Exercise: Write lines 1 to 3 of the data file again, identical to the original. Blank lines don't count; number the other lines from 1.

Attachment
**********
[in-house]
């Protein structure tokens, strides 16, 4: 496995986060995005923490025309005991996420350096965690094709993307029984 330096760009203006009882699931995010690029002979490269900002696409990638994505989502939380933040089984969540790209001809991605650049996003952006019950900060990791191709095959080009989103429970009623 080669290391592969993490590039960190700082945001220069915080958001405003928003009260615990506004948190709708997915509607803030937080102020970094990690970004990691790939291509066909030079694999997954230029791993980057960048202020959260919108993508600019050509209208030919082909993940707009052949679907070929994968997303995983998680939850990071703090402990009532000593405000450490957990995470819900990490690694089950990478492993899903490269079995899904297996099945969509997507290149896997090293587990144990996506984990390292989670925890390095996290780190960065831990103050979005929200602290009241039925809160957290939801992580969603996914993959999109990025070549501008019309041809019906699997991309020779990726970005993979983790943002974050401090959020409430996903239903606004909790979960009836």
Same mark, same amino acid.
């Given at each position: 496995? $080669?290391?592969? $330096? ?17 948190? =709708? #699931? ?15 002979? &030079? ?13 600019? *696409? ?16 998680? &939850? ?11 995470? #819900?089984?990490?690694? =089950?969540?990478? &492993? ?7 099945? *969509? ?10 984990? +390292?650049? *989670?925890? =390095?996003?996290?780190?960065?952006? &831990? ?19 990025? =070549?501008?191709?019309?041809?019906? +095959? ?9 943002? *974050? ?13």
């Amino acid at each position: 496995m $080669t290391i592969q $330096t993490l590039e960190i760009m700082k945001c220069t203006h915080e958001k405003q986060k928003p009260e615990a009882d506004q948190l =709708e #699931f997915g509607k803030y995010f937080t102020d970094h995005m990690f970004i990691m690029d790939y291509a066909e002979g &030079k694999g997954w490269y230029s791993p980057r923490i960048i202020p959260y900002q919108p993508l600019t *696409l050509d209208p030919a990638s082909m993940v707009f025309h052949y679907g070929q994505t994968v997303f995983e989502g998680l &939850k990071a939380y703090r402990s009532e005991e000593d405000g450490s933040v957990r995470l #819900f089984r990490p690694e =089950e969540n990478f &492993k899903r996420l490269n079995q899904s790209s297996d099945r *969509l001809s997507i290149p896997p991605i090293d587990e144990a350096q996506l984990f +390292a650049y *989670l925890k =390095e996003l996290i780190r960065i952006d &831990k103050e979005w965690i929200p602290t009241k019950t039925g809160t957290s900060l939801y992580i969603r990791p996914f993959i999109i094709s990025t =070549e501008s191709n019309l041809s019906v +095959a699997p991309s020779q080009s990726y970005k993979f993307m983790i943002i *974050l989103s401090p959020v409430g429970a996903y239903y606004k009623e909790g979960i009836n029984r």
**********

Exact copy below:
[in-house]
């Protein structure tokens, strides 16, 4: 496995986060995005923490025309005991996420350096965690094709993307029984 330096760009203006009882699931995010690029002979490269900002696409990638994505989502939380933040089984969540790209001809991605650049996003952006019950900060990791191709095959080009989103429970009623 080669290391592969993490590039960190700082945001220069915080958001405003928003009260615990506004948190709708997915509607803030937080102020970094990690970004990691790939291509066909030079694999997954230029791993980057960048202020959260919108993508600019050509209208030919082909993940707009052949679907070929994968997303995983998680939850990071703090402990009532000593405000450490957990995470819900990490690694089950990478492993899903490269079995899904297996099945969509997507290149896997090293587990144990996506984990390292989670925890390095996290780190960065831990103050979005929200602290009241039925809160957290939801992580969603996914993959999109990025070549501008019309041809019906699997991309020779990726970005993979983790943002974050401090959020409430996903239903606004909790979960009836």
Same mark, same amino acid.